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|Also Known As:||Hilary Ann Swank||Died:|
|Born:||July 30, 1974||Cause of Death:|
|Birth Place:||Lincoln, Nebraska, USA||Profession:||actor|
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e right-to-die ending; an ending that managed to miraculously remain a secret for most moviegoers, despite political pundits having a field day over the subject matter.The Hollywood A-lister went on to co-star in the disappointing film noir biopic, "The Black Dahlia" (2006), acting as the femme fatale who is a dead ringer for an actress whose murder is being obsessively investigated by a pair of corrupt, hard-edged cops (Josh Hartnett and Aaron Eckhart). The same year, Swank and Lowe's 13-year relationship ended and the actress was soon linked to her agent, John Campisi. Tabloids had a field day, as Lowe was portrayed as the wronged husband who had stood by his wife throughout her struggles and watched as her star had eclipsed his; Swank was seen as the ungrateful wife who after achieving her dreams, moved on to greener pastures. It was to be the one moment of scandal in Swank's otherwise squeaky clean life, and whatever the truth of the matter, both stars spoke well of one another as they moved on separately with their lives.Returning to her heroic everywoman persona, she went on to executive produce and star in the inspirational inner-city teacher tale "Freedom Writers" (2007), which was a moderate...
e right-to-die ending; an ending that managed to miraculously remain a secret for most moviegoers, despite political pundits having a field day over the subject matter.
The Hollywood A-lister went on to co-star in the disappointing film noir biopic, "The Black Dahlia" (2006), acting as the femme fatale who is a dead ringer for an actress whose murder is being obsessively investigated by a pair of corrupt, hard-edged cops (Josh Hartnett and Aaron Eckhart). The same year, Swank and Lowe's 13-year relationship ended and the actress was soon linked to her agent, John Campisi. Tabloids had a field day, as Lowe was portrayed as the wronged husband who had stood by his wife throughout her struggles and watched as her star had eclipsed his; Swank was seen as the ungrateful wife who after achieving her dreams, moved on to greener pastures. It was to be the one moment of scandal in Swank's otherwise squeaky clean life, and whatever the truth of the matter, both stars spoke well of one another as they moved on separately with their lives.
Returning to her heroic everywoman persona, she went on to executive produce and star in the inspirational inner-city teacher tale "Freedom Writers" (2007), which was a moderate success but a little too formulaic to be memorably affecting. The same year, she curiously headlined the horror film "The Reaping" (2007) but experienced her biggest box office success of the year with the romance "P.S. I Love You" (2007), starring as a grieving young widow whose deceased husband (Gerard Butler) has left her a list of tasks to do in order to help ease her out of grief and into a new life. The following year, Swank's flair for empowered women led to her casting by director Mira Nair as the tragic aviatrix Amelia Earhart in the biopic, "Amelia" (2009). She followed up with another heroic leading role in "Conviction" (2010), playing a woman who spends a decade putting herself through law school in order to represent her brother (Sam Rockwell), who is incarcerated after a wrongful murder conviction. Swank¿s solid performance earned substantial critical praise, as well as a Screen Actors Guild Award nomination for Best Actress in a Motion Picture.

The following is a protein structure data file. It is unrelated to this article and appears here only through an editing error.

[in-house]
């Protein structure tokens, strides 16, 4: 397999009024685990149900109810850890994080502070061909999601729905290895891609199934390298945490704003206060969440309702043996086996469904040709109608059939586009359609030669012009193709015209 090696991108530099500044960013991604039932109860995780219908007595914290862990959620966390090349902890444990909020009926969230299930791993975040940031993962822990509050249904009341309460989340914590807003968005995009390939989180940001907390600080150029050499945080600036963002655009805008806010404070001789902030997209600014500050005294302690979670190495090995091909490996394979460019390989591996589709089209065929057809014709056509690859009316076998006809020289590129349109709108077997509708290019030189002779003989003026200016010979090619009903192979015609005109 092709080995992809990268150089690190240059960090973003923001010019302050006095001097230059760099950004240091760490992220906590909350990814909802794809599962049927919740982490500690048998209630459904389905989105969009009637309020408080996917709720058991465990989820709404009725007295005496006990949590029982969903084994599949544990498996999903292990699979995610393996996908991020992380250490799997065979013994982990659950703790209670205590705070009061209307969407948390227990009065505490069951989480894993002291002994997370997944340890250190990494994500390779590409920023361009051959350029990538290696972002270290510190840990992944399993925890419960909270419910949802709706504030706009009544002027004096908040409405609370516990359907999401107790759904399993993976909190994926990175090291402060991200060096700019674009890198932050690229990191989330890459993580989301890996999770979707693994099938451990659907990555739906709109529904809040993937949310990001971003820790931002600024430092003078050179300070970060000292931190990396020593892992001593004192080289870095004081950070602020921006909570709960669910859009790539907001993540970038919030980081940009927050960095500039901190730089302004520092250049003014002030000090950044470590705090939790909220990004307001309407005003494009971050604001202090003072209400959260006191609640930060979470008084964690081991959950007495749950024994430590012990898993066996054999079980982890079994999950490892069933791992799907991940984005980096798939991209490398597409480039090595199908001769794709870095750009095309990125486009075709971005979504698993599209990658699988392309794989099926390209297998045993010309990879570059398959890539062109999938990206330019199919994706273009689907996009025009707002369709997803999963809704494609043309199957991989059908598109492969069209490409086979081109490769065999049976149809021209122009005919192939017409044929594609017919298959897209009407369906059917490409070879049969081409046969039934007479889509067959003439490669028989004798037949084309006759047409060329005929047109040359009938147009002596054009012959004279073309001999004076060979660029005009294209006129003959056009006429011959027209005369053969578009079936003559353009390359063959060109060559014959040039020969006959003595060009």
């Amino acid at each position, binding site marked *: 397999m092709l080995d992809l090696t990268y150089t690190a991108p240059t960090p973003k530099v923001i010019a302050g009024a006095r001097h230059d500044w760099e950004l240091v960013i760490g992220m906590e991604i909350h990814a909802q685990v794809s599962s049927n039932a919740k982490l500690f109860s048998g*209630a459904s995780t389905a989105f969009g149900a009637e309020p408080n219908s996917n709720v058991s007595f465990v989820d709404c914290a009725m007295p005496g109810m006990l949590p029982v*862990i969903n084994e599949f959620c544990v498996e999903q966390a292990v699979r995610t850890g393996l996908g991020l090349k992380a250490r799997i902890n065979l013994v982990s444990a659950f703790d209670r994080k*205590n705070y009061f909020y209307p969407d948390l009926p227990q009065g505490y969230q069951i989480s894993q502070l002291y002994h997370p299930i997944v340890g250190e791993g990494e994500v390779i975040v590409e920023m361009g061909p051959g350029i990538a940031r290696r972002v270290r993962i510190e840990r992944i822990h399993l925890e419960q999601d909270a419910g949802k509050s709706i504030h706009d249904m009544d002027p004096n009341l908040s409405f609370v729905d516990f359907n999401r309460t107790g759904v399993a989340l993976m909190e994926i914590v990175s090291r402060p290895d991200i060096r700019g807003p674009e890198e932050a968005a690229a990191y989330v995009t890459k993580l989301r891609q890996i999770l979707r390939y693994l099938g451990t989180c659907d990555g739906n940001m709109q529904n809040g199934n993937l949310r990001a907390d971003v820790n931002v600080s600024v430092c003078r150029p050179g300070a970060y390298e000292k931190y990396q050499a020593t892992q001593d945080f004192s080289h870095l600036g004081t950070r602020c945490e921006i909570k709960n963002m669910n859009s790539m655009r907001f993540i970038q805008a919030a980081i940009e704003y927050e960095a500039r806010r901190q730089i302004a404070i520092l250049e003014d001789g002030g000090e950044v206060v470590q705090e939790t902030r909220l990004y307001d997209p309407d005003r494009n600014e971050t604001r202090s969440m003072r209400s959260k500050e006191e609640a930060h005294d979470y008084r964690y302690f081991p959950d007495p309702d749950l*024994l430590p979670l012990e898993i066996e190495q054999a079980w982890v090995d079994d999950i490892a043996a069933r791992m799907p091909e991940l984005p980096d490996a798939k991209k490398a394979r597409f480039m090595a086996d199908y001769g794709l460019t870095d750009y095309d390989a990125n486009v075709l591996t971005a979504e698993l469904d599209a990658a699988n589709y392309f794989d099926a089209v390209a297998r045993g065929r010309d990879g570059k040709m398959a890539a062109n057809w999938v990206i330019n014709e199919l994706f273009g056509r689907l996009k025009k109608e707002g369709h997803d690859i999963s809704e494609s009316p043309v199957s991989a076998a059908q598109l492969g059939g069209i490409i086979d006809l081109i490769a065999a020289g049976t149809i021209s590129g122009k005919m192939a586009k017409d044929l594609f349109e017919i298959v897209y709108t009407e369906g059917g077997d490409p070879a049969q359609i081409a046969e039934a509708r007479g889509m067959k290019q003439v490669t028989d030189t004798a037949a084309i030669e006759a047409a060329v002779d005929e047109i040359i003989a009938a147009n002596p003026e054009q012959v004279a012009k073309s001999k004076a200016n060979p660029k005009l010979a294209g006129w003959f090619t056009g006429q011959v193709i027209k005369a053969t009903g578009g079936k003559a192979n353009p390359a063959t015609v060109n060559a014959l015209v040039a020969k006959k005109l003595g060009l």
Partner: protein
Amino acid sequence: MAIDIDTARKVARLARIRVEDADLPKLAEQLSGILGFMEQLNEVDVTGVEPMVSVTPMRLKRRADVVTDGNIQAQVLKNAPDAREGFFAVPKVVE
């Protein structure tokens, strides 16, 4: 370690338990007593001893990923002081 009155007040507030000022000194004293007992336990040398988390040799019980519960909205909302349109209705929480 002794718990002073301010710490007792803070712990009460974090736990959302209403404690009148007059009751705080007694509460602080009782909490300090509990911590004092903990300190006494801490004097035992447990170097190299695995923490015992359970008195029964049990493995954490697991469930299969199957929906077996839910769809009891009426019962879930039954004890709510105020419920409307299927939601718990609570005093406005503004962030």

After starring in the direct-to-DVD thriller "The Resident" (2011), which was released theatrically in Britain, Swank was one of many stars of the ensemble romantic comedy that included Halle Berry, Zac Efron, Robert De Niro, Katherine Heigl and Michelle Pfeiffer in "New Year¿s Eve" (2011), directed by Garry Marshall. In October 2011, Swank made unfortunate headlines after she appeared at the 35th birthday celebration for Chechnyan president Ramzon Kadyrov, an accused strongman and former rebel soldier who had been repeatedly cited for human rights violations that included torture and murder. Following criticism from human rights groups, and subsequent mishandling of the situation by her public relations people, Swank apologized for her appearance, stating that she was unaware of Kadyrov¿s abuses. She went on to express that she deeply regretted participating in the lavish concert and sought to limit the damage from the controversy by donating her earnings to various charitable organizations.lived "Camp Wilder" (ABC, 1992-93), Swank landed her first major break when she beat out thousands of actresses for the coveted lead role in "The Next Karate Kid" (1994), the final installment of the martial arts film series and the first to star a female as Kesuke Miyagi's (Pat Morita) young protégé. Swank's athletic background made for a good fit, but even her prowess and likable earnestness could not save the film in an era before female action heroes like Jennifer Garner and Lucy Liu resonated with viewers. Undaunted, Swank went right back out on auditions and added another handful of straight-to-video thrillers and Lifetime made-for-TV melodramas to her growing resume while patiently waiting for the perfect project to showcase her potential. When "Leaving L.A." (1997), a procedural drama set in a morgue in which Swank had a regular cast role, was canceled after only six episodes, she was offered a cast role on the eighth season of Fox's flagging young adult drama "Beverly Hills, 90210." Swank brought a much needed spark of reality to the worn-out show with her role as a single mom/waitress and love interest of playboy Steve (Ian Ziering), but her character was written out of the show during her first season. While crushed at the time, her unceremonious departure was offset by her marriage to Lowe that year. And though she could never have dreamed it at the time, ultimately this dismissal set Swank on a new path, making her available for a more pivotal project that would change her life forever.